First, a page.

Me in front of a high-precipitation supercell thunderstorm near Dumas, TX, on May 18, 2010.

I am a Clinical Assistant Professor in the Department of Atmospheric Sciences at the University of Illinois at Urbana-Champaign. This title means that my focus is on teaching, specifically undergraduate teaching, not that I spend my days scurrying around in a white lab coat. I regularly teach courses in Introductory Meteorology, Synoptic Meteorology, Weather Forecasting, Mesoscale Meteorology, and Atmospheric Convection. For information on these courses, please click the “Teaching” link above.

My research interests lie in the areas of severe convective storms (i.e., thunderstorms), lake-effect snow, synoptic meteorology, and weather forecasting. I have been fortunate to participate in several field projects, including the International H2O Project (IHOP; 2002), the Radar Observations of Tornadoes and Thunderstorms Experiment (ROTATE; 2004-2005; 2012), the Verification of the Origins of Rotation in Tornadoes EXperiment (VORTEX2; 2009-2010), the Long-Lake-Axis Parallel (LLAP) lake-effect snow study (2010-2011), and the Ontario Winter Lake-effect Systems (OWLeS; 2013-2014) project. I aim to involve undergraduate students in field work whenever possible; six undergraduates and one graduate student participated in the data collection phase of OWLeS while five undergraduate and two graduate students have analyzed these data. For more information on my research interests, please click the “Research” tab above.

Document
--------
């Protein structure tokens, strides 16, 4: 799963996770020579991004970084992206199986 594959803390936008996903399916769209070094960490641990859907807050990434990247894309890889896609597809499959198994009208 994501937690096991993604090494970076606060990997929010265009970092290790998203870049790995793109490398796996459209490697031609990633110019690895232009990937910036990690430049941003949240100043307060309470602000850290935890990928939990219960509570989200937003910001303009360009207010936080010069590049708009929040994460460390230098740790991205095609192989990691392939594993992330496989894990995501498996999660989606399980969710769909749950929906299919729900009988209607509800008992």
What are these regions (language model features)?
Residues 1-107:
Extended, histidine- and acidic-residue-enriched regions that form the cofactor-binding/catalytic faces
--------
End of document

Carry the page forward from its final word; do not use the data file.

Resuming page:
A sculpted supercell updraft near Black Hawk, SD, on June 1, 2015.

I also teach a field course on storm observation and forecasting in our department. A major component of this course is a required field trip, during which I lead two groups of students to both forecast and observe severe convective storms and any associated hazards (one trip is typically the last two weeks of May, while the other typically occurs during the first two weeks of June). I also chase storms a bit more informally when the weather cooperates (usually a handful of times a year here in Illinois and surrounding areas). I’m working on compiling an extensive chase log going back to 2009 (so please be patient – fortunately I have a near-photographic memory for chasing). Click on the “Storm Chasing” tab to learn more and to review past chases.


A tornado-warned supercell thunderstorm passes over Maitland, MO, on June 11, 2015.

I will also be compiling a variety of professional development resources for use by our students, including general scientific writing tips and how to write an effective cover letter. This is still very much a work in progress, but please check the link above for more information.